The previous Illinois staff recruited James Crawford as a safety. The Deerfield, Fla., native in 2015 then switched to the STAR position, a hybrid linebacker/safety role. He then transitioned to weakside linebacker last season under Lovie Smith.
This spring, Crawford continues his evolution. The 6-foot-2 senior now is lining up with his hand on the ground as the first string right defensive end after getting a few in-game reps as a pass-rush specialist late last season.
Crawford has now played at every level of the defense. That can be taken as a negative (struggling to find a home) or a positive (it takes a heck of an athlete to have that type of versatility).
Crawford's thoughts on playing defensive end?
"In one word: fun," Crawford said.
Illinois lost two All-Big Ten defensive ends this offseason -- Dawuane Smoot and Carroll Phillips are both expected to go in the first few rounds of the NFL Draft -- and its top reserve (Gimel President). With so few defensive ends with Big Ten experience (junior Henry McGrew has played 23 games as a backup and junior Sean Adesanya has yet to play a game in his two seasons at Illinois due to injuries), the Illini are getting creative to bridge the gap before the six incoming freshmen defensive ends are really prepared to be Big Ten contributors.
Crawford has impressed Illini head coach Lovie Smith.
"I think he's going to be a legitimate outside right end," Smith said. "Excellent speed, quickness. Whenever you're a linebacker, you have that type of ability. But some guys can naturally rush the passer, and he can. Very excited about what he's going to do for us this year."
http://www.scout.com/college/illinois/story/1760023-breakout-candidate-d... Crawford said he is "definitely comfortable" at defensive end now but is focused on developing more pass rush moves. He also wants to add more strength this offseason so he can hold up against a run-heavy Big Ten West division.
Last season, Crawford started the first three games as a 215-pound weakside linebacker but struggled against the run and lost his starting job. Crawford has since added 20 pounds with a goal of adding five more to get to 240 pounds before the 2017 season kicks off.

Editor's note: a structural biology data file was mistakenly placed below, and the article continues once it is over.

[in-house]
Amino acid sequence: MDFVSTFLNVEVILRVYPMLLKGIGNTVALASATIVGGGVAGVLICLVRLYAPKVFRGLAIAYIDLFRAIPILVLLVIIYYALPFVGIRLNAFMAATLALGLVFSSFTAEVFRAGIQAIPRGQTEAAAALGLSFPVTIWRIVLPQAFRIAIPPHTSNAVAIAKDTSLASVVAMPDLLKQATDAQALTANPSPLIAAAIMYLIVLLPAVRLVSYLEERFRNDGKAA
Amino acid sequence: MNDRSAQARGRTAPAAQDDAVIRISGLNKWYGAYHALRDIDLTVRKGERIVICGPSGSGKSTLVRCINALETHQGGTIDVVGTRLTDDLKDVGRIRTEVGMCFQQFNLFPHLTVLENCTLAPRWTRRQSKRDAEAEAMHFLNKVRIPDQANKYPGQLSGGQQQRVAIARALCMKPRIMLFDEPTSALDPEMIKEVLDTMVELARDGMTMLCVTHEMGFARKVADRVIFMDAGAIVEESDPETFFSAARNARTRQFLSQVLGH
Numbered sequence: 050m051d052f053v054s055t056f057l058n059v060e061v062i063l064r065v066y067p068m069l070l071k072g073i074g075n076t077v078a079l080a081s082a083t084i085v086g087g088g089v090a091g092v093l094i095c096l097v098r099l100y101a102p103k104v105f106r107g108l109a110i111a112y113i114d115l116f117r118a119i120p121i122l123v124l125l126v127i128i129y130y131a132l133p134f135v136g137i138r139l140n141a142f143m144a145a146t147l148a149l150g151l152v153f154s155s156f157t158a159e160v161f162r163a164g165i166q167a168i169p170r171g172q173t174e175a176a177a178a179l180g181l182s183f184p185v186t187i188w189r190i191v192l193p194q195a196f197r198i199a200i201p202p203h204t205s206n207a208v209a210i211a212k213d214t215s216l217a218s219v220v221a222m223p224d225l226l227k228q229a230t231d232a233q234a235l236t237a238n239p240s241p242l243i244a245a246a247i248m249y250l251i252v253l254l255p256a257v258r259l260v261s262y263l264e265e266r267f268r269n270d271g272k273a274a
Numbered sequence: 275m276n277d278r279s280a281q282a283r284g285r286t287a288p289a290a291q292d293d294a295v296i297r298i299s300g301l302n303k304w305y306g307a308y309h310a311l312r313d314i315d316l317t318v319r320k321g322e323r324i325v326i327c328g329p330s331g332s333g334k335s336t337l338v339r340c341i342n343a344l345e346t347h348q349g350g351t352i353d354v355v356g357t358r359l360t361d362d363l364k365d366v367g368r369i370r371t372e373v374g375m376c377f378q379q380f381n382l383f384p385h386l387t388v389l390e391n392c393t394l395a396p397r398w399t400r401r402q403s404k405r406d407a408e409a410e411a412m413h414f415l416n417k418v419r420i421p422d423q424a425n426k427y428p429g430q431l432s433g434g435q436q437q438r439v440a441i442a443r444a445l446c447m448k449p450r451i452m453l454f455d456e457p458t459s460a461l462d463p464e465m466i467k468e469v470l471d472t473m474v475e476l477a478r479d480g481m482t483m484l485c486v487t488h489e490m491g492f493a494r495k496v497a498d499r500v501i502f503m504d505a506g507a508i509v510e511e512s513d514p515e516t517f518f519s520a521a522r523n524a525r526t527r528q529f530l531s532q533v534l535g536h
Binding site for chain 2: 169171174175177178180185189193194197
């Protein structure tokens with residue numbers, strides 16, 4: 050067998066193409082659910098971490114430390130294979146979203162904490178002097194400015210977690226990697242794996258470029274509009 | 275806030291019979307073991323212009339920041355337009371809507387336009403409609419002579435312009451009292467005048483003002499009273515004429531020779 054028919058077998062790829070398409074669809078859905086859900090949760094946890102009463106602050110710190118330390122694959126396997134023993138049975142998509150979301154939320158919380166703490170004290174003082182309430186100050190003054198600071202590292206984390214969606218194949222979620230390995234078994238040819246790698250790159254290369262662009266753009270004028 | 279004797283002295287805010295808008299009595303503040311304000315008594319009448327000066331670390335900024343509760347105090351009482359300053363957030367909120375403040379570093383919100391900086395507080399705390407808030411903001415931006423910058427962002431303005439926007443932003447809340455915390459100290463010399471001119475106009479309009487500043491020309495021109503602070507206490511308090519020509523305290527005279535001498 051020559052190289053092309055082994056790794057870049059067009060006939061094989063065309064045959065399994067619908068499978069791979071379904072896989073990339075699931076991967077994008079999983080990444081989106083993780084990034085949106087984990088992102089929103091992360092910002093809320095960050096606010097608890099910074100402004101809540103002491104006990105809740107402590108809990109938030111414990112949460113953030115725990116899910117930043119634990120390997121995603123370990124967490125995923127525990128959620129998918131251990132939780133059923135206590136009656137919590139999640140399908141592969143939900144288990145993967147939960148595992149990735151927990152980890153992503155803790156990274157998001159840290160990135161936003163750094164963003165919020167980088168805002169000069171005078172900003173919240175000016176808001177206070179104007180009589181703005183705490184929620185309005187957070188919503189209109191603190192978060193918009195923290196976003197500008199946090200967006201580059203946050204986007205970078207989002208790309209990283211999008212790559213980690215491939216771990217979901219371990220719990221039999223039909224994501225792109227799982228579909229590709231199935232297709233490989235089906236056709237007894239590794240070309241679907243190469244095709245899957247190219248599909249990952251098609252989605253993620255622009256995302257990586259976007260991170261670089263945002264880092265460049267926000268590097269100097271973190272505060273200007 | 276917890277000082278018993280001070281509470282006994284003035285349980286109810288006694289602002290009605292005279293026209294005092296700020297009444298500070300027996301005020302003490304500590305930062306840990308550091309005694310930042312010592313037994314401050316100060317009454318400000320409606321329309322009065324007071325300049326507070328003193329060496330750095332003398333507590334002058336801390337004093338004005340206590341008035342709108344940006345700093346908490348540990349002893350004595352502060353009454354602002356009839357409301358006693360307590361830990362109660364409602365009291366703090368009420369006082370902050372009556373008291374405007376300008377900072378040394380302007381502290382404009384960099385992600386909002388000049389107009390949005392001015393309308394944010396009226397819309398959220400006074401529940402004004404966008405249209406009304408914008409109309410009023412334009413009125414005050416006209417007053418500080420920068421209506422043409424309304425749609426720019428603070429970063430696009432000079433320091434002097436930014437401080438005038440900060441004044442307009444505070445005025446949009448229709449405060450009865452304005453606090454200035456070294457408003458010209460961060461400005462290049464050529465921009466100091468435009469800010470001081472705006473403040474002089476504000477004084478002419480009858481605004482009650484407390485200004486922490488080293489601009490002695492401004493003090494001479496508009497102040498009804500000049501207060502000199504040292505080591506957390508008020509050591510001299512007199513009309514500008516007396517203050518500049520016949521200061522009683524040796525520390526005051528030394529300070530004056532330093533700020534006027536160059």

Though the concern is that he will struggled hold up against the run, Crawford shined during Saturday's spring scrimmage as a pass rusher. His burst off the ball and ability to dip low and keep his balance and speed are tough to handle for tall, 300-pound offensive linemen.
"If it's a pass, I got the upside," Crawford said. "If it's run, they got the upside because they're way heavier than I am. I just got to fight in there to keep staying strong. I probably got to figure out more keys to tell when it's a run play, down and distance and stuff or simple things like the stance of the offensive linemen. Simple things give away what they're about to do."
Crawford said his job at defensive end is a lot simpler than when he was a linebacker or safety.
"A lot less thinking," Crawford said. "And you get to go full speed every time and that's what I love to do. I was blessed with speed. Now, I get to use it every play.
"For the main part, the first thing I'm thinking is pass rush. Then I just react to everything else. I have pretty good reaction, so it's not too hard."
Few Illini -- if any -- have played all three levels of the defense. Crawford thinks he may have found his most natural fit -- and the spot where he can make the biggest impact.
"I just say that I'm blessed," Crawford said. "To actually play at every level and start in a game at every level in the Big Ten, I'm pretty blessed to be able to do so with this coaching staff who knows that that's where people should be playing. For them to actually have confidence in me to start me at defensive end says a lot."